There is a tremendous promise to SharePost and SecondMarket and other secondary sales exchanges. They already are providing liquidity to investors and employees in an asset class (VC) where liquidity has been long in coming. They may be setting prices for upcoming IPOs – the Groupon IPO priced initially very close to recent SecondMarket trades. This ameliorates one of the conundrums of hot IPOs – when they pop in the after-make, the company feels like they left too much money on the table.
The much bigger opportunity is to replace a huge void in the venture ecosystem – the small IPO.
The industry grew with small IPOs. Looking back at venture history, it is remarkable how small some of the signature IPOs were. The ’80s and ’90s were driven by small IPOs, led by the “four horsemen” investment banks: Alex.Brown Inc., Hambrecht & Quist Group, Robertson Stephens & Co., and Montgomery Securities, now lost in history. (Also lost is that initially L. F. Rothschild was the fourth horse; Montgomery came up strong on the inside in the late ’90s.)
The unfortunate result is not just that the venture industry has had delayed liquidity, but the small investor has been shut out. In an effort to protect the retail investor, new rules like Sarbanes-Oxley has pushed them out entirely. As you can see in this chart, by the time the high-fliers go public today, most of the value has been accreted by insiders. Put simply, would you rather have bought Amazon at $440M market cap, later capturing its 100x rise; or Groupon at around $20B, where its potential may be slight if not negative (if you buy into Henry Blodgett’s rants)?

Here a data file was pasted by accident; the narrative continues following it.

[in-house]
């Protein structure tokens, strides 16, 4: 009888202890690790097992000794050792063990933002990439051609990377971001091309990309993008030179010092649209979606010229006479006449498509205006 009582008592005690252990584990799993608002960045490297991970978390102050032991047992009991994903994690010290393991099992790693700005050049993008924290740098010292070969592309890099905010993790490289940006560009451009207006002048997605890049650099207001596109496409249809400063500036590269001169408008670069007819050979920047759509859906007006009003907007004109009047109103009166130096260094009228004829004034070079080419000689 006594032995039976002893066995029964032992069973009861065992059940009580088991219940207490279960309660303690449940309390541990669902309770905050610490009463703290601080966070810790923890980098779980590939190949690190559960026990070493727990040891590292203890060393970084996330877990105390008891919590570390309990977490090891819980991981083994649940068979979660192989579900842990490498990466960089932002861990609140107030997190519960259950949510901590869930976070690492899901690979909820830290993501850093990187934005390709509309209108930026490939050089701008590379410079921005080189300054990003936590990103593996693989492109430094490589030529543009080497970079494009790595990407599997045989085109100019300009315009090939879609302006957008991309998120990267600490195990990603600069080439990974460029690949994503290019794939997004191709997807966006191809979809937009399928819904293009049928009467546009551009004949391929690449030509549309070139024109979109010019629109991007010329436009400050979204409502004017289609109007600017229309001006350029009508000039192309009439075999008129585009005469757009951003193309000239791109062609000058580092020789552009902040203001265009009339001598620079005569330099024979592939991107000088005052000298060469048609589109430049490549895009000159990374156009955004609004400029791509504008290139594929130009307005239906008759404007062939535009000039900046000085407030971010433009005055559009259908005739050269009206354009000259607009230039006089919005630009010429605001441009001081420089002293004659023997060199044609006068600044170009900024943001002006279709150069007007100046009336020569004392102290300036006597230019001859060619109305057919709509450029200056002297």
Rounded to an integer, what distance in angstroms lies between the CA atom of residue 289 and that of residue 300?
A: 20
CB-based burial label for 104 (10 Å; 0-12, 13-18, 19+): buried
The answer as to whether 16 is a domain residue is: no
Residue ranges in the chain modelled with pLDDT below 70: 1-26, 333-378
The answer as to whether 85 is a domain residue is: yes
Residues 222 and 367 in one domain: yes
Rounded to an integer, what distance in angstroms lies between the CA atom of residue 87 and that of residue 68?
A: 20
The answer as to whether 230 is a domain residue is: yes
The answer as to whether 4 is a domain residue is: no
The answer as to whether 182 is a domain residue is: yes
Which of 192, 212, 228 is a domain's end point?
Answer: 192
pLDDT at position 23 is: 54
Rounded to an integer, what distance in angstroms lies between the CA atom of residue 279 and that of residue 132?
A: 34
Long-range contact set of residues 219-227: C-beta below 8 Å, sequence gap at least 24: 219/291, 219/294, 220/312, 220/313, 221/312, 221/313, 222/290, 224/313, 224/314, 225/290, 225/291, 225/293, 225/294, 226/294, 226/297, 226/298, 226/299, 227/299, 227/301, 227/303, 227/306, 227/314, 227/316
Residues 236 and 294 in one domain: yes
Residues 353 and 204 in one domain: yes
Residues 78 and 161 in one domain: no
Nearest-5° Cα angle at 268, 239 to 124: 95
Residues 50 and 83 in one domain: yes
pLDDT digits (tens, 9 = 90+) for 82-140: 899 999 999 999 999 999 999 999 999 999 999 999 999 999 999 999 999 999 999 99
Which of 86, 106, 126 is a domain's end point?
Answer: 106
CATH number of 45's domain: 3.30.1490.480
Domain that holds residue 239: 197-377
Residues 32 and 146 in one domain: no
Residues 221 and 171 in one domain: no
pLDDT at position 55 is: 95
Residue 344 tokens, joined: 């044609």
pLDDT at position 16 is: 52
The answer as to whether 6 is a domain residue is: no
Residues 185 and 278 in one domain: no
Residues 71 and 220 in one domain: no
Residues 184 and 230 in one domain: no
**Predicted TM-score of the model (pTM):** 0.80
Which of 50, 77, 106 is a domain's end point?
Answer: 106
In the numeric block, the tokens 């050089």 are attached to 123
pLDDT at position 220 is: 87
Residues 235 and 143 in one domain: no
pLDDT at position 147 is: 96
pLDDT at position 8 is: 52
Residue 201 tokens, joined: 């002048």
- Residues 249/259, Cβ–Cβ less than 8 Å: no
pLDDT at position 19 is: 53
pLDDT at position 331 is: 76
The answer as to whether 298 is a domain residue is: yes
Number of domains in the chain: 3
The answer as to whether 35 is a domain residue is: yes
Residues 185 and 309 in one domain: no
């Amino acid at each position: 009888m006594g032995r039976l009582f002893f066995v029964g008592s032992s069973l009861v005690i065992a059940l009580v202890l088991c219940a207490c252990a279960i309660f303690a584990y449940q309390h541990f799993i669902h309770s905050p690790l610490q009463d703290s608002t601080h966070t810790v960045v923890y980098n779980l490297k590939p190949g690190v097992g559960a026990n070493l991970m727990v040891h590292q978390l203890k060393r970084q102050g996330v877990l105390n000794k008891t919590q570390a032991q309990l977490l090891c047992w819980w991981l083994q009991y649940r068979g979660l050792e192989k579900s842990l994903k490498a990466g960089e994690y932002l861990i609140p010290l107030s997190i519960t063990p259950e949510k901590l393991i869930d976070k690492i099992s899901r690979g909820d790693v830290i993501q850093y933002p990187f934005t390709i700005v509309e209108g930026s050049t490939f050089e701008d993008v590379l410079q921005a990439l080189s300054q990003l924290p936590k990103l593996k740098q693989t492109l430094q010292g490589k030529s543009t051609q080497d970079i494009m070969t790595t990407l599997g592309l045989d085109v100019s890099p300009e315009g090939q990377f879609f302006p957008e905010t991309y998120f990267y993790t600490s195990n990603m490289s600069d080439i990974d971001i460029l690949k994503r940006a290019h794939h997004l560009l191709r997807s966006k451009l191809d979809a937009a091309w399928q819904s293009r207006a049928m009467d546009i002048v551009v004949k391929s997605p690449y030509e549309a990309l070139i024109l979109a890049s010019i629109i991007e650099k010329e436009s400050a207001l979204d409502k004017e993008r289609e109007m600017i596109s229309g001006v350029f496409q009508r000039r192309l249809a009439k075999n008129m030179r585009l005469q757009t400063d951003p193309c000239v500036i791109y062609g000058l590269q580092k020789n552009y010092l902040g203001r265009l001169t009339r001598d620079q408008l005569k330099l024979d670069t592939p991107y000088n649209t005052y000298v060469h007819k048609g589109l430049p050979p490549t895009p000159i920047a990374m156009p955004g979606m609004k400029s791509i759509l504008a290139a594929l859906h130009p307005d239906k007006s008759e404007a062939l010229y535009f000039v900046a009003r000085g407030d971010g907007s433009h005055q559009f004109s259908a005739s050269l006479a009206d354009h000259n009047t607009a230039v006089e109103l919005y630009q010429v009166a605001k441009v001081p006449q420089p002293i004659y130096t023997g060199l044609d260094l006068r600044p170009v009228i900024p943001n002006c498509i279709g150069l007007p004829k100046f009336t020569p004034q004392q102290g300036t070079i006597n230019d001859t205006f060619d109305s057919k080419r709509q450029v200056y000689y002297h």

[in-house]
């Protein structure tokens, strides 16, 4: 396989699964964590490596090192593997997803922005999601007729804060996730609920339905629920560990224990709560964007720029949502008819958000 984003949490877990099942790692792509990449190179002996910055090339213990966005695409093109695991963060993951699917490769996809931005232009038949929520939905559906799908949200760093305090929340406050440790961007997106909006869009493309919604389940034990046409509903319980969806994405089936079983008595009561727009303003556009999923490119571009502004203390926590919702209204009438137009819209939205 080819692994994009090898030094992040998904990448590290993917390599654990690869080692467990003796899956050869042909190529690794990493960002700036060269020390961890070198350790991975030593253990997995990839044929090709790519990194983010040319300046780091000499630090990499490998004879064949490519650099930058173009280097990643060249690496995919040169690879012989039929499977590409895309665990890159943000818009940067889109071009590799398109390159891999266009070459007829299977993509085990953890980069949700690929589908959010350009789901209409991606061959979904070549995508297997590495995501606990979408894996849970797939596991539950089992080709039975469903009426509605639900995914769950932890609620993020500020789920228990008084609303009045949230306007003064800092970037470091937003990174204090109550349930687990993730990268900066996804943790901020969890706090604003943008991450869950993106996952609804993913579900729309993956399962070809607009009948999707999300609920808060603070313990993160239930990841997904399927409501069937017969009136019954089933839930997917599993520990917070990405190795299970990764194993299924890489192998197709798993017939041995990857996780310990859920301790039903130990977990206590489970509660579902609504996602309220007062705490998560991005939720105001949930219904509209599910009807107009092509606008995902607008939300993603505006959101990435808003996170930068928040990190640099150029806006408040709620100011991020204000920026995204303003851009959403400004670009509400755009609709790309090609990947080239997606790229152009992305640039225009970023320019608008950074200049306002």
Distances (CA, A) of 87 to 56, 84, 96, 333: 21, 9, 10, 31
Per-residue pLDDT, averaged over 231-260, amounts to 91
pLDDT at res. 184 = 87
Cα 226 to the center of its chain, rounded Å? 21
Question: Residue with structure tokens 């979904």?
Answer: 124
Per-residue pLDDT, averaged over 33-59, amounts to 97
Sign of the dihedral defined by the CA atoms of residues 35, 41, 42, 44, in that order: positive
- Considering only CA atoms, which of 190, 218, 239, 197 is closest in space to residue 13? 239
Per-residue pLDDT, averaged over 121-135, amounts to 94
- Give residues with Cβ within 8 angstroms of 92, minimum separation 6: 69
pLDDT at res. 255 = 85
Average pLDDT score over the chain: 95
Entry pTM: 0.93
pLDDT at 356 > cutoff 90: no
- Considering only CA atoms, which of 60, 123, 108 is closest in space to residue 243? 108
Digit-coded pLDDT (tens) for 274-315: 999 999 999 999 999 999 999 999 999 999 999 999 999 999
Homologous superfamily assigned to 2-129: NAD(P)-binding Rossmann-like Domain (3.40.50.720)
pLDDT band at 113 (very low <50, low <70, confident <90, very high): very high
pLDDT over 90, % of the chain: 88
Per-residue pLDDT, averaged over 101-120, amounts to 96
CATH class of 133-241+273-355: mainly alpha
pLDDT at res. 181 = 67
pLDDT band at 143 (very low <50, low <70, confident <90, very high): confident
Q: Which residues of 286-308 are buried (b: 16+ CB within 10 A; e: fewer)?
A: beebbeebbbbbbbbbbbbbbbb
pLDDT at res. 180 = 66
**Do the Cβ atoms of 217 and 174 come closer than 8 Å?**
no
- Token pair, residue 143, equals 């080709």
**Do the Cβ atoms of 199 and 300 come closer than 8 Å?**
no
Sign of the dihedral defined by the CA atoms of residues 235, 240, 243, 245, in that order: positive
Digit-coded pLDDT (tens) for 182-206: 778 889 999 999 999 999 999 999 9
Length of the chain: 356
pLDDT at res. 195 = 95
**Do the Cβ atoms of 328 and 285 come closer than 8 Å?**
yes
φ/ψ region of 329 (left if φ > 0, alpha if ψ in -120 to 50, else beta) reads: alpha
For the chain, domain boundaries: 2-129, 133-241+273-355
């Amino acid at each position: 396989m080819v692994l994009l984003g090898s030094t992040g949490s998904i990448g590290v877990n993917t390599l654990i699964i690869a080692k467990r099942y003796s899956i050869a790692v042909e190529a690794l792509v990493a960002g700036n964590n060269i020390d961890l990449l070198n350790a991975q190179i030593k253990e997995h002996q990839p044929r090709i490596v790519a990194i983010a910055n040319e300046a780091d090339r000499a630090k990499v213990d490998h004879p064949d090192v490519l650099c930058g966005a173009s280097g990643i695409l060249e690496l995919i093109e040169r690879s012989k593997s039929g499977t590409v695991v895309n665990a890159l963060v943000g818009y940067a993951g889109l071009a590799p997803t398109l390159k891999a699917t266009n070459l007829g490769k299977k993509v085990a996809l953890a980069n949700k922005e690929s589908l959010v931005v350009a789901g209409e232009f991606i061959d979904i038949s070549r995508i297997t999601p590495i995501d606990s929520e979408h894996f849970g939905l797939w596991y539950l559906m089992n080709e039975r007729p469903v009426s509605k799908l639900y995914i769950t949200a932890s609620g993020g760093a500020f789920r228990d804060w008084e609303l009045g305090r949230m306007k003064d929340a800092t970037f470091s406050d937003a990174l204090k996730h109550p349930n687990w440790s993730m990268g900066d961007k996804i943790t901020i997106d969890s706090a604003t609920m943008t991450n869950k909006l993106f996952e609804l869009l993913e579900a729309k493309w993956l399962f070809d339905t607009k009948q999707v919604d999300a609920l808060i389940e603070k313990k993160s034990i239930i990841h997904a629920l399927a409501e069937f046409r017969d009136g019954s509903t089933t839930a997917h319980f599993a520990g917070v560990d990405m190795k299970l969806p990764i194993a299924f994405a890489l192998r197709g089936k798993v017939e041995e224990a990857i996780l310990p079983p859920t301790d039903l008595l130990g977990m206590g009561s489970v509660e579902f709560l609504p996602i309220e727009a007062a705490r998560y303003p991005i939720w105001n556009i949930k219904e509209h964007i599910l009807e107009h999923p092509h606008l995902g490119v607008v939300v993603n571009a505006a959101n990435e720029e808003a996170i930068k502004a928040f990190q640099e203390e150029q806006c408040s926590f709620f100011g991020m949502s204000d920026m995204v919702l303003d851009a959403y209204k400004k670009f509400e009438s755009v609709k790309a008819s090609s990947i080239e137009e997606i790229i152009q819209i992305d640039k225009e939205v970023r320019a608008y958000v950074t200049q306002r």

The real promise of second markets is to begin selling primary shares – a private alternative to the small IPO. The target companies would be expected to a do a public IPO afterwards, which generates interest in trading the stock after the private small IPO. This opens up the opportunity for outsized gains to accredited investors, a much broader audience than VC insiders. It doesn’t yet get to the retail investor, but it gets us a long ways forward.
It also positions the secondary trading exchanges brilliantly to evolve in to the new horsemen, this time in more of an online manner, a step forward in transactional efficiency and openness.
We still need the small IPO back. I wrote about a great series of reports by David Weild of Grant Thornton in a post onWhy IPOs are in the Dumpster in my prior tech blog. He has been in the WSJ, including a recent editorial. Here is his final report: